Swords and Sandals: Spartacus
Developer: Whiskeybarrel Studios
Publisher: Ultimate Games
Platform: Nintendo Switch, PC
Age Rating: T (Teen) / PEGI 12
Release Date: June 22nd, 2020
Price: $12.99 / €12.99 / £11.69
A code was provided for review purposes.
The Swords and Sandals franchise is a long-running one. The first entry came in 2006 and spanned nearly a dozen different titles since then. Many of the games play relatively the same way, and yet the latest entry ‘Spartacus’ serves fans with something different in an attempt to keep the series fresh. Based, obviously, on the legendary gladiator Spartacus, this entry is an action-focused arcade-style platformer based in the ancient empire of Rome. Notably, it was developed by the one-man operation known as Whiskeybarrel Studios fronted by Oliver Joyce, the man behind the entire franchise.
How does it look?
Initial impressions will have the player thinking “wow, this looks pretty cool” largely due to the classic arcade-era graphics and visuals. The looks alone almost have the power to transport a player back to the good old days of a classic arcade cabinet; however, it doesn’t necessarily feel visually polished, with an overall lack of variety and effects.
Along with old-style graphics come archaic issues in the gameplay. The controls are extremely rigid and not precisely responsive, which in turn makes the button layout feel very convoluted. On top of that, the hitboxes are shameful and the theme of “lack of variety” pops its annoying head up in regards to weapons and types of offence. With all of those subpar qualities combined, it makes for a difficult game – and not in the way where it’s considered a worthwhile challenge. To put it bluntly, it’s completely frustrating and a huge turn-off.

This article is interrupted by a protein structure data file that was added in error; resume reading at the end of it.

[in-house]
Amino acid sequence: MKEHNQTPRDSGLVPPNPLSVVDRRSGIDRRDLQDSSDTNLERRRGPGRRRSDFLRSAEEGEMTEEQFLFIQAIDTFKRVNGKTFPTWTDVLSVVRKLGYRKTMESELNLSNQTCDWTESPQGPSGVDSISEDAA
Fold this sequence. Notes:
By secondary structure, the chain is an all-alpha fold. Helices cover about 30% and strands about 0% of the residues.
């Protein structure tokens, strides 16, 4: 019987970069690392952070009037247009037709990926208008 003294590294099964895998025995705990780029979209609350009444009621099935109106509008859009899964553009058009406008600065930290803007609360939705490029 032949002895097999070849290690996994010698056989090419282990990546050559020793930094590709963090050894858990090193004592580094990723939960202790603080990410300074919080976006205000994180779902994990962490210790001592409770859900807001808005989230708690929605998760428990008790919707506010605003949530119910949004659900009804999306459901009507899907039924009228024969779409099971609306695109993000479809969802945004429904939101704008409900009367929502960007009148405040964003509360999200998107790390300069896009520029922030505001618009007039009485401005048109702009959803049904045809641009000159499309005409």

As mentioned before, there isn’t much variety in the game, but it is worth noting that one thing it does right is offering small secret treasures and paths for the player to pursue. Though it is hard to tell where they are, as sometimes they’re outright hidden behind a wall that happens to be passable, it does add a tiny layer of depth to a puddle-deep game when talking about level design, structure, and story.
Swords and Sandals: Spartacus takes a lot of risks, but they don’t really pay off. It would probably be more ideal that the series stick to its roots and not continue to venture into new grounds. There’s a reason the original style of gameplay has given lots of blood to the series as a whole, and it’d be a bummer to see that dry up as a result of these misfired risks.